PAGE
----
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Montpelier Garden (Ladbroke Estate) * Kensington & Chelsea

Summary

* on The National Heritage List for England, Parks & Gardens

Part of the Ladbroke Estate, laid out as a planned garden suburb with a coherent layout of concentric crescents and large communal gardens whose features were first suggested in a plan by architect and estate surveyor Thomas Allason in 1823. His scheme was later modified by others, including James Thomson, although he remained involved until his death in 1852. Building started in the 1840s; the outer concentric crescents date from the 1860s. During the lull in building development, the land was leased for a time for a racecourse, the Hippodrome, which operated from 1837-41. After Allason's death, artist and designer Thomas Allom was responsible for the next phase of development.

Basic Details

Site location:
Lansdowne Road/Clarendon Road

Postcode:
W11 ( Google Map)

Type of site:
Garden Square

Date(s):
1840s-60s

Designer(s):
Thomas Allason, architect and surveyor (overall plan of Ladbroke Estate)

Listed structures:
LBII: 45 and 46 Lansdowne Road

Borough:
Kensington & Chelsea

Site ownership:
private

Site management:

Open to public?
No

Opening times:
private

Special conditions:

Facilities:

Events:

Public transport:
Tube: Ladbroke Grove (Hammersmith & City). Bus: 23, 52, 70.

The information shown above was correct at the time of the last update 01/10/2007
Please check with the site owner or manager for latest news.

Further Information

Grid ref:
TQ243807

Size in hectares:
0.6776

Green Flag:
Yes

On EH National Register :
Yes

EH grade:
Grade II

Site on EH Heritage at Risk list:
No

Registered common or village green on Commons Registration Act 1965:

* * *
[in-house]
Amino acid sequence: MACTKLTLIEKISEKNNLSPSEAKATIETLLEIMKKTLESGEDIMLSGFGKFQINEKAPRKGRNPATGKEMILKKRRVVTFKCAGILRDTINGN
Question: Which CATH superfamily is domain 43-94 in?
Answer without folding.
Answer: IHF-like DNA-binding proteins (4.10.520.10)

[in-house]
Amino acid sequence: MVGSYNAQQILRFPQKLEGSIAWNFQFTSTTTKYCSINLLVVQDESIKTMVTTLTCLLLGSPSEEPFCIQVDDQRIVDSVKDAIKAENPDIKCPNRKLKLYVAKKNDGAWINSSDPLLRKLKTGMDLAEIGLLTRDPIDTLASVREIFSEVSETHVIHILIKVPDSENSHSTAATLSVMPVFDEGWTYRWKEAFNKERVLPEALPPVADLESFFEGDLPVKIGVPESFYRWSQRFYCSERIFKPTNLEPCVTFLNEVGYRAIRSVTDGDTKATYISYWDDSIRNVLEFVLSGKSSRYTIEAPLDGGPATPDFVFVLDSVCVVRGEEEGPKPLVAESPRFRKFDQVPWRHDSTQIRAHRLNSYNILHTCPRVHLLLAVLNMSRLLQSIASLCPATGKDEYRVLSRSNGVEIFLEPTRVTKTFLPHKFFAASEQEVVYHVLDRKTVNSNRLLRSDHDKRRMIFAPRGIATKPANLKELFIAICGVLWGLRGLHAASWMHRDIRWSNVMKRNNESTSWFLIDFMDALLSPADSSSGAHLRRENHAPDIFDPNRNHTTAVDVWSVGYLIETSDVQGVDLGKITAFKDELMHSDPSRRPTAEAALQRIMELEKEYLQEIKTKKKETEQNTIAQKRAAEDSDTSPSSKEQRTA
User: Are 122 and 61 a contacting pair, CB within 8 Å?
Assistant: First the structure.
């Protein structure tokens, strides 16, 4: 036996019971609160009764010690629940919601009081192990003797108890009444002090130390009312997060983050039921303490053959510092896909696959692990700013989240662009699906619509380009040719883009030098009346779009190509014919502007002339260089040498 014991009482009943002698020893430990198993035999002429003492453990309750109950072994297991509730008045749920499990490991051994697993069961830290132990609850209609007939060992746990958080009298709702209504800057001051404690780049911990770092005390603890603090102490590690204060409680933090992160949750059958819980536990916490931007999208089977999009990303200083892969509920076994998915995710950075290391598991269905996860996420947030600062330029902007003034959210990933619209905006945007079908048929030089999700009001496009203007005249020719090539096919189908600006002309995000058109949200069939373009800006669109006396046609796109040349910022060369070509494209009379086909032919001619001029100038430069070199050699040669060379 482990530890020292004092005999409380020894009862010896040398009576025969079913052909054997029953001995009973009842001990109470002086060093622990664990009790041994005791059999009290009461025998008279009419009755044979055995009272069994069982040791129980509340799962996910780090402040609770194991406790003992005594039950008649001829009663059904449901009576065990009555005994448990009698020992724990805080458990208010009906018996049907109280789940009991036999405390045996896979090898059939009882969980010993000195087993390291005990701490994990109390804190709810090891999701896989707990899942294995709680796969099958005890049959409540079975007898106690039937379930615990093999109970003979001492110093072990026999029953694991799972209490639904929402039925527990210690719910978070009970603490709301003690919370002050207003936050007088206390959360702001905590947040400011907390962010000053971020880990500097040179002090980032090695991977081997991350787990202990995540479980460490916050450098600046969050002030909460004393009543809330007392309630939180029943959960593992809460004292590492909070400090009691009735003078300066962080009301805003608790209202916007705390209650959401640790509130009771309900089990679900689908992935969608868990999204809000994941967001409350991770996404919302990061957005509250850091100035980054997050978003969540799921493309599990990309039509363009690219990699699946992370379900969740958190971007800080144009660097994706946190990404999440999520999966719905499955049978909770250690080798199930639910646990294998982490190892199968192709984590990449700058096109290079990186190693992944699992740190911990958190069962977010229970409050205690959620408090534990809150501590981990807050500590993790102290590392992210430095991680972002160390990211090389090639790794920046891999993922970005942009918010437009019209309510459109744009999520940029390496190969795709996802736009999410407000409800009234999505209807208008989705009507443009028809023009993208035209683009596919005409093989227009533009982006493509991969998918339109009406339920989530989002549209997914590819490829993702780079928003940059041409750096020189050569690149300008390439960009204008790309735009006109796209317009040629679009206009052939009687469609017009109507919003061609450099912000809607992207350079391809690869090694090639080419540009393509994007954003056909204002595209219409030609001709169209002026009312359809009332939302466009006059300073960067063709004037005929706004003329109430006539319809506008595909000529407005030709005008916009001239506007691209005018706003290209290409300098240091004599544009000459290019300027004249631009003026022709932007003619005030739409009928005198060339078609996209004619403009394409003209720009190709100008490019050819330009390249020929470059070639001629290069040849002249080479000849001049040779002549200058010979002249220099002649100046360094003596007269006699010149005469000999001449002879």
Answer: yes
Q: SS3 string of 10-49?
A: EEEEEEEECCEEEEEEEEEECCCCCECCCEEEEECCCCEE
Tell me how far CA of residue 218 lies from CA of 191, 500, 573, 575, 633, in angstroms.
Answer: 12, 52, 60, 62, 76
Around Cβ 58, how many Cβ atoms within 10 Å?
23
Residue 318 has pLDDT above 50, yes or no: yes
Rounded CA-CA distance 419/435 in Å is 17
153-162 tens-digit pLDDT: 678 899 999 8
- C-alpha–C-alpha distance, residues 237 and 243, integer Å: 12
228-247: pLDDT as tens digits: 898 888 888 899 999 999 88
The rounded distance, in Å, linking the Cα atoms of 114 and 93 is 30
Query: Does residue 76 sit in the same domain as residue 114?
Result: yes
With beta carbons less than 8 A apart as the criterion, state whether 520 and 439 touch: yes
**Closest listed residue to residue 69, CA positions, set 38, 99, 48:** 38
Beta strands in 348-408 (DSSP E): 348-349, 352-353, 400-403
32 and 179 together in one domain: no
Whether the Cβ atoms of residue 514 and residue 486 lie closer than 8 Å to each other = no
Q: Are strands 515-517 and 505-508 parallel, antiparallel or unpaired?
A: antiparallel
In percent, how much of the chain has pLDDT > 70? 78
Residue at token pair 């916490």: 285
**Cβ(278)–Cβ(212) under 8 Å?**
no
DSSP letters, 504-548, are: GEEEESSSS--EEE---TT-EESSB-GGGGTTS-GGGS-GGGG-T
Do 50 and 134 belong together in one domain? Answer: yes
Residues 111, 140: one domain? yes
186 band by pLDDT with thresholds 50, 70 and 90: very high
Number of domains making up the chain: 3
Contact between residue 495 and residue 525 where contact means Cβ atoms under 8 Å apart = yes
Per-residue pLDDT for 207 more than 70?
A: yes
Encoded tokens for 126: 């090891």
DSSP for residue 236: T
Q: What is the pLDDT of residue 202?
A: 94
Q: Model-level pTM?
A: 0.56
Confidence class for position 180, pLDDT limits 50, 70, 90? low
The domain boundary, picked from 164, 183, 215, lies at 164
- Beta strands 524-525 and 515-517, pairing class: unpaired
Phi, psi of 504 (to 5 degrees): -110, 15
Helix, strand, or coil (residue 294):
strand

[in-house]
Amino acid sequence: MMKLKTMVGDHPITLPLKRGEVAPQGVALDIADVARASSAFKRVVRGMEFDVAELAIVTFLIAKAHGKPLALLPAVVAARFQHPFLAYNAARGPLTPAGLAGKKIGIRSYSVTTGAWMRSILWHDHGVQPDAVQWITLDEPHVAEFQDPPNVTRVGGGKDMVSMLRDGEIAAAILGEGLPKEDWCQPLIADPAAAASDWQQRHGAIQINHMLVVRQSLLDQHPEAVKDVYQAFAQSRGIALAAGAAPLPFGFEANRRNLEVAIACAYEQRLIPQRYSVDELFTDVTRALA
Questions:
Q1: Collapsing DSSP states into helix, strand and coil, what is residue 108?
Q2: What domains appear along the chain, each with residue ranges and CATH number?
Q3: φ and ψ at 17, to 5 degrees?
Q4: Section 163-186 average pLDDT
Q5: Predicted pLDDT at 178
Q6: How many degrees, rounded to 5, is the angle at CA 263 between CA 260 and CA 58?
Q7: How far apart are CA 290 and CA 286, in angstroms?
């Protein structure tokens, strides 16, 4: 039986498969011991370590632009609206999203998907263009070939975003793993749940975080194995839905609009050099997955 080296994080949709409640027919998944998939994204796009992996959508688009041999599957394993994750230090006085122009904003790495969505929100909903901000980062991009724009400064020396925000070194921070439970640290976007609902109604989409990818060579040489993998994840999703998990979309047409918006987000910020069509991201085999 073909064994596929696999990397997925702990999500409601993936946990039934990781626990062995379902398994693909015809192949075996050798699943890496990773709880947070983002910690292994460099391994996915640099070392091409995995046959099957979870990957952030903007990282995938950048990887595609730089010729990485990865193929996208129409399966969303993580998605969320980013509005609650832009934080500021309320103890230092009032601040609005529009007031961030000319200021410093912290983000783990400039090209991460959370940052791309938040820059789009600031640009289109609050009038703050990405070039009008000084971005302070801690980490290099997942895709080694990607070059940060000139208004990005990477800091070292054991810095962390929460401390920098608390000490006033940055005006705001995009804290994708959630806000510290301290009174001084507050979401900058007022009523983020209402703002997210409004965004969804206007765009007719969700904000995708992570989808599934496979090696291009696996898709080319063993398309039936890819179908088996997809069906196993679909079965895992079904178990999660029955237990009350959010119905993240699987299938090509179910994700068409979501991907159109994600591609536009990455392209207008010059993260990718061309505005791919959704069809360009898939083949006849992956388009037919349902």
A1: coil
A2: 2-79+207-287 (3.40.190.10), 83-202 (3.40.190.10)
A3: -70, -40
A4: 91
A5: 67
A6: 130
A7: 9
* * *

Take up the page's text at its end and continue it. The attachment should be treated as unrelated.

No

Protected under London Squares Preservation Act 1931:
Yes

Local Authority Data

The information below is taken from the relevant Local Authority's planning legislation, which was correct at the time of research but may have been amended in the interim. Please check with the Local Authority for latest planning information.

On Local List:
No

In Conservation Area:
Yes

Conservation Area name:
Ladbroke

Tree Preservation Order:
No

Nature Conservation Area:
Yes - Borough Importance II

Green Belt:
No

Metropolitan Open Land:
No

Special Policy Area:
check

Other LA designation:
None

Fuller information

Ladbroke Estate: Site on The National Heritage List for England, Parks & Gardens, for Register Entry see https://www.historicengland.org.uk/listing/the-list

The Ladbroke Estate was laid out as a planned garden suburb with a coherent layout of concentric crescents and large communal gardens whose features were first suggested in a plan by architect and estate surveyor Thomas Allason in 1823. His scheme was later modified by others, including James Thomson, although he remained involved until his death in 1852. Building started in the 1840s; the outer concentric crescents date from the 1860s. During the lull in building development, the land was leased for a time for a racecourse, the Hippodrome, which operated from 1837-41. After Allason's death, artist and designer Thomas Allom was responsible for the next phase of development.

Montpelier Garden slopes to the west, largely open with fine mature trees. The garden curves between Lansdowne Road to the east with semi-detached villas of 1847, and terraced stucco houses of 1855-62, and terraced houses along Clarendon Road and Elgin Crescent to the west and north-west. The mid C19th meandering perimeter path survives but perimeter path lost. Scattered mature trees on the lawn include ash, poplar, horse chestnut, a weeping willow and a liquidamber. Iron gates were installed for 1977 Jubilee. Protected under 1863 Garden Square Act.

Sources consulted:

EH Register entry for Ladbroke Estate, 2002/3

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